Kayani Bakery


causing a ‘sugar rush’ since 1955

It’s early in the afternoon, definitely past the unusual office rush-hour, but no one seems to have informed people on East Street. There is serious traffic jam here. Apart from the vehicles, there seems to be a jam of people as well. The parking slots are full, but somehow, that has not discouraged the people swarming in. At first glance, the traffic jam and crowd are difficult to explain.

One might think that the stately single-storey structure — home to the Cantonment’s first Western-style restaurant and ballroom — has attracted all the visitors. Though a pale shadow of its past glory, the building does house a Cantonment Board dispensary, a telecom firm service centre and a restaurant. But none of these three establishments justifies the crowds.

While the dispensary and the service centre do not have too many visitors anyway, the restaurant too is currently closed for renovation purposes.

For an answer, look a little ahead, and perhaps at your wristwatch. The Kayani Bakery is to shut for the afternoon in 20 minutes, and this crowd must rush to get its hands on the biscuits, cakes and other baked goodies before the bakery downs its shutters.

The bakery, started by a Zoroastrian family, opened its doors on this premises in 1955. Since then, business has been roaring. Incidentally, the items on sale — the different of cakes, the very-popular Shrewsbury biscuits, patties, orange-flavoured biscuits and the quintessential khari — have not changed much over the years. The evidence lies in the antiquated menu board on one of the walls. The prices, however, have changed, though the goodies here are not as expensive as some other big-name bakeries in town.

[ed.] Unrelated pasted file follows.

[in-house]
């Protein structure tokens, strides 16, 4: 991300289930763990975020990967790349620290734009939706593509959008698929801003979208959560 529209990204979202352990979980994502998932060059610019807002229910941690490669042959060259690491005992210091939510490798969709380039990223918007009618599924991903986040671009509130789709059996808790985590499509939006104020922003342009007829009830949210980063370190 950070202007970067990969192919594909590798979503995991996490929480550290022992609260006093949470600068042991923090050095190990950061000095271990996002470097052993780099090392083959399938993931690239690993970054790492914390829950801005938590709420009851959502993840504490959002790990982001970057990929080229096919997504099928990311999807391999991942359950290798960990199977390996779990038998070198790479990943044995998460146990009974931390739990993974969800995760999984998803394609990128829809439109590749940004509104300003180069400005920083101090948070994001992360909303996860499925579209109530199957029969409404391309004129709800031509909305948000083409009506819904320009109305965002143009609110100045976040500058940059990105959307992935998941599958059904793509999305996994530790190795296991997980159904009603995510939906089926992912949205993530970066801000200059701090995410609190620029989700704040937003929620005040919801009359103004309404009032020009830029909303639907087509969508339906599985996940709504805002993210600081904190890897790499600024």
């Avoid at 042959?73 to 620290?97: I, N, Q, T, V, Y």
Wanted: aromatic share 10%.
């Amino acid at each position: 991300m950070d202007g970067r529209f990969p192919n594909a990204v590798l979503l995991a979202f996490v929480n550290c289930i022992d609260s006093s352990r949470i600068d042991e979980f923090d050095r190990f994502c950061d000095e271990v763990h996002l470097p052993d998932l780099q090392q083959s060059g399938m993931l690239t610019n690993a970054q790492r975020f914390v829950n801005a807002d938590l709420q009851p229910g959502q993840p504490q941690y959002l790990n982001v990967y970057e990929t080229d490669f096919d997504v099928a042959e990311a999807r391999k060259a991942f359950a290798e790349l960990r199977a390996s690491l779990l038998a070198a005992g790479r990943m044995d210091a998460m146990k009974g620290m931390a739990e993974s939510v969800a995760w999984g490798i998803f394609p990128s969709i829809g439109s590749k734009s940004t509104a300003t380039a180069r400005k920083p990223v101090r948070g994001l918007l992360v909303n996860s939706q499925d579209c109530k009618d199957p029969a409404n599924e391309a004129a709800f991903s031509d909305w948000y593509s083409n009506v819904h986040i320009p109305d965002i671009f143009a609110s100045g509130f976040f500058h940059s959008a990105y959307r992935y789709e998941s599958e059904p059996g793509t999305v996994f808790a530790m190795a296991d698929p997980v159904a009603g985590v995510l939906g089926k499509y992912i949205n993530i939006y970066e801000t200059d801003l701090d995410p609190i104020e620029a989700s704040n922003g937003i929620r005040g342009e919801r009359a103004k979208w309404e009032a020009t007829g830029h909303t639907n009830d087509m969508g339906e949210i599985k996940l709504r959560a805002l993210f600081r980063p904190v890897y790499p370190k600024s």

Henry Gomes comes to Pune from Mumbai almost every weekend to meet his parents. And every visit is also marked by a trip to the Kayani Bakery, to stock up on mawa and Madeira cakes, which Gomes takes back with him.
“The mawa cake here gets sold out fast. Hope it is still there,” said Gomes. “This place is part of my childhood memories. I used to come here almost every weekend with my parents. Of course, I now come here every time I visit Pune,” he adds.
And he is just one among the many, many loyal customers the bakery has. Though Kayani Bakery accepts only cash, even last year’s demonetisation did not adversely affect the business. “There was bound to be some effect. But we did not suffer much. Our customers kept coming. Most of them are very old and they all want their mawa cake and khari with tea,” said a shop attendant.

 By the time the bakery was ready to shut for the afternoon, most of the items were already sold out. “Please come back after a couple of hours… when we reopen,” was the polite request of the security guard to some of the disappointed customers who could not make it on time.
They will have to wait a bit longer for their “sugar rush.”
Shiladitya Pandit
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